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Announcement :: Globalization : Human Rights : International : Politics
Call for a “Zapatista Bloc” to Greet President Calderón in Boston on 2/11
Email: baam (nospam) hush.com
06 Feb 2008
On Monday, February 11th 2008, Mexican President Felipe Calderón will speak at Harvard University's JFK Forum in Cambridge. BAAM is calling on all anarchists, anti-authoritarians, and anti-capitalists to come together for a radical bloc to march on the venue hosting Calderón.
Since 1994 the autonomous Zapatista rebels, with their black ski-masks, bandannas, and unwavering dedication to human freedom, have struck fear into the hearts of all Mexican presidents; fear of the Indigenous fighting back, fear of the oppressed standing up, and fear that the people of Mexico will revolt for popular democracy! When Felipe visits his imperialist partners at Harvard, he won't escape, he can't escape, the march of the Zapatistas!
On Monday, February 11th 2008, Mexican President Felipe Calderón will speak at Harvard University's JFK Forum in Cambridge. Boston doesn't appreciate visits from those who violently suppress Indigenous movements and work to create desperate economic conditions that force millions of their citizens to migrate in search of better lives. As radicals, we should especially be standing in solidarity with the Zapatistas, who are in greater danger of military assault now than at almost any point over the last decade. BAAM is calling on all anarchists, anti-authoritarians, and anti-capitalists to come together for a radical bloc to march on the venue hosting Calderón; the more Zapatistas, the better. This will be an all-out Zapatista-themed march; masks, banners, flags, and anything else that seems appropriate for an autonomous rebel (to avoid overly aggravating the “authorities”, no guns please, fake or otherwise!). Rest assured that there will be prizes floating around for the best Zapatista get-up, as well as the best anti-Calderón rants!
At this time, there are several other groups planning a rally outside the forum. BAAM intends for the bloc to show up at the rally at some point, but only after we're done marching! We are expecting a boisterous, rowdy bloc with lots of ski masks and Zapatista flags; the energy, momentum, and ingenuity of those taking part will decide where it goes!
When? - Monday, February 11th
What Time? - The bloc will start forming at 5pm, and will depart at 6pm (Don't be late!)
Where - Harvard Square (Harvard stop on the Red Line... look for the flags!)
More Information - Folks needing more info or a place to stay should contact BAAM! at: BAAM (a) hush.com.
Suggestions for banners & signs include:
(Wikipedia these for more information)
- repression of Indigenous/autonomous movements [Oaxaca and Chiapas are well-known examples]
- the holding of political prisoners
- privatization/increasing corporate control of resources
- NAFTA (capital flows freely across national boundaries but border patrols restrict immigrants)
- Security & Prosperity Partnership ("enhanced" version of NAFTA, but with guns)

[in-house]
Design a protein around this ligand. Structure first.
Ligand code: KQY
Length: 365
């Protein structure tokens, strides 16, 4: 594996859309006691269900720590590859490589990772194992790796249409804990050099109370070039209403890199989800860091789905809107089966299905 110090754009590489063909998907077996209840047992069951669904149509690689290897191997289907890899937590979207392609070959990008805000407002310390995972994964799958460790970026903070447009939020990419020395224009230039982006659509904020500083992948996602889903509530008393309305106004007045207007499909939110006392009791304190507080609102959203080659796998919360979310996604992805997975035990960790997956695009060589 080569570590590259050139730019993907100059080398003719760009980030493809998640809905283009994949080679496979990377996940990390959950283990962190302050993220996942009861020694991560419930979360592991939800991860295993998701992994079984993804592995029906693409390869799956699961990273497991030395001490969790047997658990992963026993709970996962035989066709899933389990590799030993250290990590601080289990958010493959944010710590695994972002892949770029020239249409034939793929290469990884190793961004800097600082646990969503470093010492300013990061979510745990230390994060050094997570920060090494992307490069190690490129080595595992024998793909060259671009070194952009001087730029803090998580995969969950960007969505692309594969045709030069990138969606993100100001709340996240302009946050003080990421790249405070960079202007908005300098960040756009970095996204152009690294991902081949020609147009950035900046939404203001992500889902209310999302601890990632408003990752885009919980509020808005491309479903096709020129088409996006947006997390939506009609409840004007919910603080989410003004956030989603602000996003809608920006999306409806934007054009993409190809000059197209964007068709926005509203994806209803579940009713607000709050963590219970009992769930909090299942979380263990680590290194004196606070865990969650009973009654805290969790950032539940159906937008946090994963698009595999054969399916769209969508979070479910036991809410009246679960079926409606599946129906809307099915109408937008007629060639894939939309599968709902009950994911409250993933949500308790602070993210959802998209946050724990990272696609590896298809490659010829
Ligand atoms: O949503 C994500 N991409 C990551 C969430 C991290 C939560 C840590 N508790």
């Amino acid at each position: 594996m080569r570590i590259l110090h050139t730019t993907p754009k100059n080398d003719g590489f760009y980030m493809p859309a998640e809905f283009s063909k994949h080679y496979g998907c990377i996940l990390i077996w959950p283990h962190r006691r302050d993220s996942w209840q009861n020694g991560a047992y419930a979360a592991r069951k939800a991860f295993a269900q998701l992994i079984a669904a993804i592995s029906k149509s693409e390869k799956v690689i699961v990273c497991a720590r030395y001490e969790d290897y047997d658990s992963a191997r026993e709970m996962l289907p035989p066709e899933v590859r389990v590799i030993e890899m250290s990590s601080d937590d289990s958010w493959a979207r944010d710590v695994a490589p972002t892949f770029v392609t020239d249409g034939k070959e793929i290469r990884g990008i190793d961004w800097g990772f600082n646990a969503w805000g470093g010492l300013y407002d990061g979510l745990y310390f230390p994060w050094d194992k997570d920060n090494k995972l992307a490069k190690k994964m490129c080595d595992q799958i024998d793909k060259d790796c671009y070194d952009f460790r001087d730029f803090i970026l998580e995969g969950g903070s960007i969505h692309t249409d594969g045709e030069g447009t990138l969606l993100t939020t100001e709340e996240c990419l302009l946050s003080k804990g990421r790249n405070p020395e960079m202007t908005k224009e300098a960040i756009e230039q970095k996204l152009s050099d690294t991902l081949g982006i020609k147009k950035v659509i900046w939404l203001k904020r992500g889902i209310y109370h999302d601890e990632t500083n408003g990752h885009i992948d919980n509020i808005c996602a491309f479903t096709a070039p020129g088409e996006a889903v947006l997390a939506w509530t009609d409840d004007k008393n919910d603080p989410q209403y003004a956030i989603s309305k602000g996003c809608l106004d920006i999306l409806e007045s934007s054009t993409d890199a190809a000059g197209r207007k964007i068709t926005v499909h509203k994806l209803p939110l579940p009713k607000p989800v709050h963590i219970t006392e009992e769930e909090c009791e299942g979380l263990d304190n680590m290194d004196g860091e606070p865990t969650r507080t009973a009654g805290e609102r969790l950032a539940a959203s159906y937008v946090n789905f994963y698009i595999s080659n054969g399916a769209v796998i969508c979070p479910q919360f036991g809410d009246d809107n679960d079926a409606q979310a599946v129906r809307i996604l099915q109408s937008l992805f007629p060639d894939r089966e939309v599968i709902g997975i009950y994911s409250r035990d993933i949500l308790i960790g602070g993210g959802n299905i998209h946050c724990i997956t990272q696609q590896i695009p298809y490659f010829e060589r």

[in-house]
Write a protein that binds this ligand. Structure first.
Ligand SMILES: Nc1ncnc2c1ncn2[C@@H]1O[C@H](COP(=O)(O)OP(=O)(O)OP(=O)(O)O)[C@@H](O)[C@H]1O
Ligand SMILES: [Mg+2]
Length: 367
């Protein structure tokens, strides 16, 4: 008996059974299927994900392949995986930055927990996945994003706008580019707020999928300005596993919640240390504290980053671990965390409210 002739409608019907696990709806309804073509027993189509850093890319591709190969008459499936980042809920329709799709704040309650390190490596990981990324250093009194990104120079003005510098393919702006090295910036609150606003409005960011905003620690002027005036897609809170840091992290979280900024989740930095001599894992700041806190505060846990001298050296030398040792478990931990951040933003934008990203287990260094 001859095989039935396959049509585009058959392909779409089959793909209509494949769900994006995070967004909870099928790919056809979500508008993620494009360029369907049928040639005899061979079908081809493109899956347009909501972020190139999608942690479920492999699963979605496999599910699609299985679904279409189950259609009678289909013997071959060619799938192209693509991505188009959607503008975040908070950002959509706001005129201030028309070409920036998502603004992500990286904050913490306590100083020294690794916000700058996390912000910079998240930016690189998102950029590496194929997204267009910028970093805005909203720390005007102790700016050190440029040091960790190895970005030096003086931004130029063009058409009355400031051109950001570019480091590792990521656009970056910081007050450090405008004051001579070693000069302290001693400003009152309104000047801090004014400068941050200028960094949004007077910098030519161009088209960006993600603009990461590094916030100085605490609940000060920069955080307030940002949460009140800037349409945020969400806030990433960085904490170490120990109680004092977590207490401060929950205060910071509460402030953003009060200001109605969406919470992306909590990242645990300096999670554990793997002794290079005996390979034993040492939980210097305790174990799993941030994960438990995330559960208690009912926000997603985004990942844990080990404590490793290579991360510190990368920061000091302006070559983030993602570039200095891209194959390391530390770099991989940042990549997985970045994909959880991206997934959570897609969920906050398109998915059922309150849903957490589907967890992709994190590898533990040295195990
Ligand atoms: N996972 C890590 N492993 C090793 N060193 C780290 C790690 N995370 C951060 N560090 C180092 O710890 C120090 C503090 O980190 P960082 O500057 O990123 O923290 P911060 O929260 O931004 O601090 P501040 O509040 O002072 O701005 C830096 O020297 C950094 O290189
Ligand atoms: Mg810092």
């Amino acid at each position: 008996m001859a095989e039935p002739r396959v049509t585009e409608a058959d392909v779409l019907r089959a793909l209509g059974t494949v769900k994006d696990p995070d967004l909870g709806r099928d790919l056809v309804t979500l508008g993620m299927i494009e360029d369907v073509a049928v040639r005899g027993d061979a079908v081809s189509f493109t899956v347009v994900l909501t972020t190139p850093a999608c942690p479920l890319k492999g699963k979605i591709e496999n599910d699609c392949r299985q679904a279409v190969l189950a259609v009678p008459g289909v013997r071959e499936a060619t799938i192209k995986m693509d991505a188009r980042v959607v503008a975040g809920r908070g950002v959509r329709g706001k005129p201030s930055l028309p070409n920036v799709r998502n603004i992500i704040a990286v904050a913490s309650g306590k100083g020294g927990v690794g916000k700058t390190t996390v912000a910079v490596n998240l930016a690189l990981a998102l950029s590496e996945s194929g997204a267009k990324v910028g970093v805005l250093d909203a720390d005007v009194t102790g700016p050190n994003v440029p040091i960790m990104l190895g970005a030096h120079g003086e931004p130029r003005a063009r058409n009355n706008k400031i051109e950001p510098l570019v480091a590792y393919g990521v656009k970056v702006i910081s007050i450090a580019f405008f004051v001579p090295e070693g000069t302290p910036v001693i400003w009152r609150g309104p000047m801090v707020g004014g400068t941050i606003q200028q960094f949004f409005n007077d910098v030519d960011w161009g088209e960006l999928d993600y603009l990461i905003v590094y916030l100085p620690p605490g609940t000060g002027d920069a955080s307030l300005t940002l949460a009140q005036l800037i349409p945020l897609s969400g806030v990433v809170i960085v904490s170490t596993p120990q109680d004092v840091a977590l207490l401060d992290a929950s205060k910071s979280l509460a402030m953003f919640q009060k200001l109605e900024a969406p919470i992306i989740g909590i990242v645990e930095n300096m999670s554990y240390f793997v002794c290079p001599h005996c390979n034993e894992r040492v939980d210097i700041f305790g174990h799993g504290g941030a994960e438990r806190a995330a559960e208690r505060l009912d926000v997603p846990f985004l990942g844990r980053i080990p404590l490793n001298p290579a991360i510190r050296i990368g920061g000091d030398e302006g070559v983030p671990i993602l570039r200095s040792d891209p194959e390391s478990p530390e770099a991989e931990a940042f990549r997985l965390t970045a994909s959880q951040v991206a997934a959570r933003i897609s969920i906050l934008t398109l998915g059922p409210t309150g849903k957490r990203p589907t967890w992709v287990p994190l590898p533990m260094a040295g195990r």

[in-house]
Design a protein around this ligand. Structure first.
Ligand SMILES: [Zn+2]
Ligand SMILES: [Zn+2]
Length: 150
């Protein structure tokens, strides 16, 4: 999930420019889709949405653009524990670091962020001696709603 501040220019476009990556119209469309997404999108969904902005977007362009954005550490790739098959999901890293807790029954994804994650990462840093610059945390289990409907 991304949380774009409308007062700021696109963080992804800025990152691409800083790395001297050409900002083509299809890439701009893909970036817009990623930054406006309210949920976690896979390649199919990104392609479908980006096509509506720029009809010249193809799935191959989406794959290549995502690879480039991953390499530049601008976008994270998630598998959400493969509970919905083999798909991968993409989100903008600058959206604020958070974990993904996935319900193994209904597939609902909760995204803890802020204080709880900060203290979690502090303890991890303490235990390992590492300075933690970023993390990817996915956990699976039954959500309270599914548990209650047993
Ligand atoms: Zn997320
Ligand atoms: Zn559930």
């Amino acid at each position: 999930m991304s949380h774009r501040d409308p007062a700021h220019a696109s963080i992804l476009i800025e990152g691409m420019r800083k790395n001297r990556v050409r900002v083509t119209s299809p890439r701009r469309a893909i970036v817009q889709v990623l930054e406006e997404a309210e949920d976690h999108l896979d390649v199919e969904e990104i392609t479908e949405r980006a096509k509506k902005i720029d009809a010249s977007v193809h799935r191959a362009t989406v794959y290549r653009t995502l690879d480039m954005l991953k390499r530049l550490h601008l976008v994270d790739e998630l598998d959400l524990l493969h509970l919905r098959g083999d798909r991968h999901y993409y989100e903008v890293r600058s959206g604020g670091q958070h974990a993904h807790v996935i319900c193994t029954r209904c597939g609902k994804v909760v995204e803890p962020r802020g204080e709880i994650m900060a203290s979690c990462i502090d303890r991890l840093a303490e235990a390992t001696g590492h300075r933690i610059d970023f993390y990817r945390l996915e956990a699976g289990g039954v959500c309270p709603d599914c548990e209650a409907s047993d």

Come march in solidarity with Indigenous autonomous movements! Come join us in “welcoming” Calderón to our fair city!
Para todos todo, para nosotros nada! / Everything for everyone, and nothing for ourselves!
One of the rally calls that's already been circulated by Massachusetts Global Action:
PROTEST MEXICAN PRESIDENT FELIPE CALDERON'S VISIT TO CAMBRIDGE
Monday, February 11, 2008 – 6:00pm
In front of:
Harvard's John F. Kennedy Jr. Forum, 79 JFK Street, Cambridge.
FOR IMMEDIATE RELEASE
February 4, 2008
Contact: Suren Moodliar (English)
Massachusetts Global Action
PROTEST MEXICAN PRESIDENT FELIPE CALDERON'S VISIT TO CAMBRIDGE
Monday, February 11, 2008 – 6:00pm
In front of:
Harvard's John F. Kennedy Jr. Forum, 79 JFK Street, Cambridge.
A growing coalition of local progressive organizations and individuals has decided to protest the policies of the Mexican government represented by its President, Felipe Calderón as he addresses Harvard's JFK Forum. Calderon came to power after another undemocratic “election” in Mexico. His government continues to repress indigenous people, the labor movement, in particular in Oaxaca, and is responsible, together with government of the United States for the situation of millions of undocumented Mexican workers in the U.S. At the same time, Calderon is now advocating for the Security and Prosperity Partnership, which strengthens the NAFTA agreement that is detrimental to workers in Mexico and the U.S.
* In 2006, President Calderon stole the presidency from the Party of Democratic Revolution (PRD) candidate Andrés López Obrador. On July 2, 2006 Mexicans voted at over 130,000 different polling stations, casting separate ballots for president, senator and federal deputies. International and Mexican election observers noted that there weren't enough independent and party observers present in the process. In many regions, one party dominated, creating opportunities for vote shaving, ballot stuffing, lost ballots and other forms of fraud. The PRD's strongest accusation comes from the fact that ballots in nearly one third of the country were not counted in the presence of independent observers. One analysis of (Federal Election Commission equivalent) IFE results found that in 2,366 polling places only a PAN (Calderon’s National Action Party) observer was present and in those places, Calderon beat Lopez Obrador by a 72-21 margin. Furthermore, PRD observers discovered that sealed ballot boxes were being opened illegally at IFE offices where PAN's observers dominated the process. Given a history of electoral fraud in Mexico, during the nearly century reign of the PRI (Institutional Revolutionary Party now allied with PAN) and the explicit support of Calderon in the Western media, we charge Calderon with manipulating Mexico's democratic process, just as President Bush disenfranchised voters in Florida and Ohio to become president in the United States and demand that democracy be respected in Mexico, without interference from the United States or any other Western power.